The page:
As soon as a startup begins to talk to manufacturers, the process feels real. The wishing is over and the work starts here and now. As exciting as the realization is, it’s also daunting because there is a lot of responsibility on the company’s shoulders. Being the boss, you have to create, or find ways to create products and services that sell which is pretty difficult. If manufacturing were easy, everyone would be doing it and they’d all be millionaires. There are pitfalls, and they are easy traps in which to fall, but they are avoidable. Here’s the advice to remember and to use whenever possible.
Unlike the majority of modern businesses, very few manufacturers have an online presence. There is a shift, but researching a company is still harder than usual regarding these firms. Obviously, you can’t afford to take a gamble and end up in bed with the wrong partner, so checking references is essential. Start with the people they claim to know in the industry. Will they vouch for them? Are they reputable too? Next, move onto previous customers and clients. Usually, these are the best people to ask as they are unbiased and have nothing to gain from lying.
Invest In Various Partnerships
The golden rule of investment is: always diversify. With a range of bonds, your risk is lower as a single event won’t destroy your portfolio. The same goes for picking a manufacturing partner. A single golden goose is easier to manage yet provides less flexibility. Spinning numerous plates at once is a logistical nightmare, but it offers the company a healthier return on investment. A good way to do it is by industry, for example. APPF Inc. is a welding specialist and Orthoplastics deals in medical supplies, so the two make an ideal partnership. Once you have a list, alternate between them for the best results.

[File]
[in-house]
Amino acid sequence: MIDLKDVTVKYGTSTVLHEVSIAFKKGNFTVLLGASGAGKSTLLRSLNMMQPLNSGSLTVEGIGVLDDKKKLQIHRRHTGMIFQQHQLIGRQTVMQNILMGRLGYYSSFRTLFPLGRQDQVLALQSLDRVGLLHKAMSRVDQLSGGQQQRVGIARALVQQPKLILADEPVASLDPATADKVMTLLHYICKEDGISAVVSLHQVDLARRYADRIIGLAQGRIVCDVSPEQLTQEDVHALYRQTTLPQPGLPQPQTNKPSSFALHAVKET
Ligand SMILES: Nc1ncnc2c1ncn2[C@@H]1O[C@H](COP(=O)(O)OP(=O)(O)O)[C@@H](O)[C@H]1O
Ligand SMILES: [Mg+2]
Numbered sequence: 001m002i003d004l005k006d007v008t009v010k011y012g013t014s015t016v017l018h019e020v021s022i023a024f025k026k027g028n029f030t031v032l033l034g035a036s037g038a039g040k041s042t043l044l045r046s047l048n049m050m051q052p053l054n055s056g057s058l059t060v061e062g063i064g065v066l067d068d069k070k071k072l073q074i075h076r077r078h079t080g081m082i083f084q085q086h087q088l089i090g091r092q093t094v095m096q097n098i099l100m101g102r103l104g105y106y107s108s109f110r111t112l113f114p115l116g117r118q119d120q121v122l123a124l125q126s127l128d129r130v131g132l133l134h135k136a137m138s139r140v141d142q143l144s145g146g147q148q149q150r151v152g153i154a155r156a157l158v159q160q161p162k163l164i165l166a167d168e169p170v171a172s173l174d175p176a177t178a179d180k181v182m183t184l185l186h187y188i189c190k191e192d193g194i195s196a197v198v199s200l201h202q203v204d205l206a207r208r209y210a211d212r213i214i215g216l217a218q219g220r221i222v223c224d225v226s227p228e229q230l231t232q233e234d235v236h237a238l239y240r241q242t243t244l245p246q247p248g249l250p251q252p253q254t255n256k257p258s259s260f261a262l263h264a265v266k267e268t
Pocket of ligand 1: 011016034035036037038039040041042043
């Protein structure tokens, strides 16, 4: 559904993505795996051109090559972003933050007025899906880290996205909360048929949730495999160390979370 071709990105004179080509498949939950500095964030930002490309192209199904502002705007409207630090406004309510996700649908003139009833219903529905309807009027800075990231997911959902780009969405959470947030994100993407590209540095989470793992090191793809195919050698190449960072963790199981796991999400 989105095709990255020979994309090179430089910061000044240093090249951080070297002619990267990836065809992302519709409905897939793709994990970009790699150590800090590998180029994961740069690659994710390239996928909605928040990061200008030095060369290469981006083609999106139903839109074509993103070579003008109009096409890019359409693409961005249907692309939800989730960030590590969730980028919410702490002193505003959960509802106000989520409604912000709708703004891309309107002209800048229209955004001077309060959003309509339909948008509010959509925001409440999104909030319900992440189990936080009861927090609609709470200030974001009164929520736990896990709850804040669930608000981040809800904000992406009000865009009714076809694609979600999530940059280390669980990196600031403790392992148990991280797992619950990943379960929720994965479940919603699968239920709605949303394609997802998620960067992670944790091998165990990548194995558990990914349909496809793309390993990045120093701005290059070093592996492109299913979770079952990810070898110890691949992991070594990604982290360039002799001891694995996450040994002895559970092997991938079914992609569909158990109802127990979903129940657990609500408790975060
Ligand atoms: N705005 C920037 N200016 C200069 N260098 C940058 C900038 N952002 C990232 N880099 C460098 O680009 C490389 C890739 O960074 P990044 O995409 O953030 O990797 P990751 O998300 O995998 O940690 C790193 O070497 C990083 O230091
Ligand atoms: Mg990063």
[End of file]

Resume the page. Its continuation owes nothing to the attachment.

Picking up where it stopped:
Cross The T’s
Manufacturing isn’t as simple as developing a product in a workshop and saying “hey presto!” Before you can sell to the public, there is a process which the company needs to adhere to or face potential legal option. Firstly, a business needs to agree on a trading contract with the local authority, so that should be your initial port of call. From a manufacturing standpoint, it’s vital to think about health and safety as machinery is dangerous. Once everything is in order, then you can start.
Get To Know People
Outsourcing has its pros, but there are cons too. The main one is not to know the people behind the mask. Too often, clients leave the outsourcer to the job without checking in and asking important questions. Typically, it’s because they don’t want to stick their nose in or ruffle anyone’s feathers. The thing is the success of the business relies on them, which is why you should stay in constant contact. Better yet, get to know them and how they operate to reduce problems in the future.
The million dollar question is – are you ready to start manufacturing?